Boxee has unveiled a new $99 box that works as a digital video recorder and a device for playing local and online media on your TV. It’s called the Boxee TV, and it will be available in the US in November.
The low price is a bit deceptive though. If you want to make the most of the new Boxee TV, you’ll also have to pay a monthly subscription.
Boxee originally started off as an app that was a spin-off of the XBMC project. But the company recently stopped making software for Linux, Mac, and Windows computers, instead focusing on its own hardware.
The first Boxee Box was basically an internet media box for your television. It didn’t sell very well. The Boxee Team plans to offer one more bug-fix update, but after that the company will stop selling the original Boxee Box and will cease development of major software updates.
The new Boxee TV takes a different approach and bundles broadcast and online media. It’s sort of like what you’d get if you crossed a TiVo with a Roku or Google TV box.
There’s a bit of a catch. Boxee TV won’t work with all television. You can use it to watch or record live TV broadcasts using an over-the-air antenna or unencrypted cable channels. But it won’t work with most premium cable, satellite, or FiOS channels.
What you will be able to do is tune into most network TV channels including ABC, CBS, FOX, NBC, PBS, and Univision. My local cable provider also offers a few other unencrypted channels including non-HD versions of TLC and TBS. Your results may vary.
The Boxee Box has two TV tuners, which means you can record two shows at once, or record one show while watching a second. You can also store an unlimited amount of programming.
Wait… how’s that possible? Here’s what sets Boxee TV apart from most digital video recorders. Boxee doesn’t include a large hard drive. Instead, your programs are uploaded to Boxee’s online storage service.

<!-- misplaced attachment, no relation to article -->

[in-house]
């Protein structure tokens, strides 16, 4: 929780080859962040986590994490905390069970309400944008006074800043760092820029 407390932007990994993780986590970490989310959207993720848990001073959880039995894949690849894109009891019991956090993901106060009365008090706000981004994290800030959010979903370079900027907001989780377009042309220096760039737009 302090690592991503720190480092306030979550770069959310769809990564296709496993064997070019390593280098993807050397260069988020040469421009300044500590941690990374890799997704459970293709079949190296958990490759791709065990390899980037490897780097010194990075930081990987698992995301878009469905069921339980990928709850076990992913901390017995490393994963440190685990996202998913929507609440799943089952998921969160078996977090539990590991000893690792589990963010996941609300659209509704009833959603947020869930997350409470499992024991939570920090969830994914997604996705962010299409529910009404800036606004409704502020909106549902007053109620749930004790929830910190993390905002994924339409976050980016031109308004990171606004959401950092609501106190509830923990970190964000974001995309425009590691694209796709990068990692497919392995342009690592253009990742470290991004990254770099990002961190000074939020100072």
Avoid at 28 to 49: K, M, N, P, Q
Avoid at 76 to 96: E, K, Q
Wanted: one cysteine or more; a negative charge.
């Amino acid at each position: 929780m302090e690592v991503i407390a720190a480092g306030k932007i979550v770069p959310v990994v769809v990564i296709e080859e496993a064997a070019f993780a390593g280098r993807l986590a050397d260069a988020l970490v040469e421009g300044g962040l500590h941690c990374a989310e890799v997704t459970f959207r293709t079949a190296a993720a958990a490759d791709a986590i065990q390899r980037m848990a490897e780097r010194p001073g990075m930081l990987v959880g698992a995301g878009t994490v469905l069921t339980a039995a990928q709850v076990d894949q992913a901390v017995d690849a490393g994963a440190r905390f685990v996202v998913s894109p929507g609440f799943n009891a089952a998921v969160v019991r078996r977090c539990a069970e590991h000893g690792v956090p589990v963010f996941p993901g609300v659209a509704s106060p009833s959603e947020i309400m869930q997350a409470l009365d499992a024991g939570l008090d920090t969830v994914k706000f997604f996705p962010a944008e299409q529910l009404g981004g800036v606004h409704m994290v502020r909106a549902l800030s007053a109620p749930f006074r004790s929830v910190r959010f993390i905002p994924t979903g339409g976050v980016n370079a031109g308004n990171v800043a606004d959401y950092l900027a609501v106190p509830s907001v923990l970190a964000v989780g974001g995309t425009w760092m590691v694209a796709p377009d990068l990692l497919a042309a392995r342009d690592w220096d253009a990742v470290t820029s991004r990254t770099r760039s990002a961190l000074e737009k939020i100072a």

The good news is that Boxee calls this a “No Limits” DVR service. You’ll never run out of space for new shows. You’ll also be able to stream your recorded videos to any phone, tablet, or PC using a web app.
The bad news is that you have to pay for the privilege. While the Boxee TV box only costs $99, a subscription to the online storage service costs $15 per month.
The No Limits DVR service will roll out in 8 markets at launch: New York, LA, Chicago, Dallas, Houston, Philadelphia, Atlanta, and Washington DC. More regions will come online next year.
You can also use Boxee TV to view content from YouTube, Vimeo, Netflix, Vudu, and music from Pandora and other sources. But to use Netflix or other subscription-based service you’ll still need to pay extra.
That $99 box might not be as cheap as it sounds in the long run. On the other hand, it could be a lot cheaper than paying for cable.
I used to really like Boxee, back when it was a media center app for my PC. While $99 is a great price for the hardware the company is selling now, the $180 per year that they’re asking for storage seems a bit steep. You could buy a very large hard drive for the same price.
What’s more, Boxee has shown a consistent lack of support for older products. There’s no longer any support for the company’s desktop software. Support for the 2010 Boxee Box is ending. And I suspect that unless the new Boxee TV is a wild success, there’s little reason to expect Boxee to provide more than a few year’s support for the new box either.
From a business standpoint Boxee is making at least one smart move though: Once you start spending $15/month, you’re pretty much locked into the ecosystem. Stop paying, and your recorded programs go away. So there’s an incentive to keep paying.
Epic Fail Boxee.. Again…
this would be great if someone figures out how to just use a usb / sata hdd to store recordings and then you can use some other app to (like plex) to allow remote access.
The “cloud” dvr seems dumb, assuming you actually upload your recordings as so many areas still have slow upload speeds. I wonder if you “record” your shows, but actually access a “controlled” recording that is identical for your market, hence the launch markets and $15 charge.
The smart move would be to make a deal with netflix and/or hulu plus and sell a bundled subscription. $15 a month for cloud dvr AND netflix or hulu, they get an influx of subscribers, albeit at a lower rate, and boxee gets their cloud revenue.
Mmm, interesting question (and certainly not out of the question), though if they’re not for recording, the twin tuners would be somewhat redundant for anything other than PiP trick modes etc.
$15/month to record? Ouch. Any idea whether this can also hook (wirelessly or wired) to NAS or other local storage?
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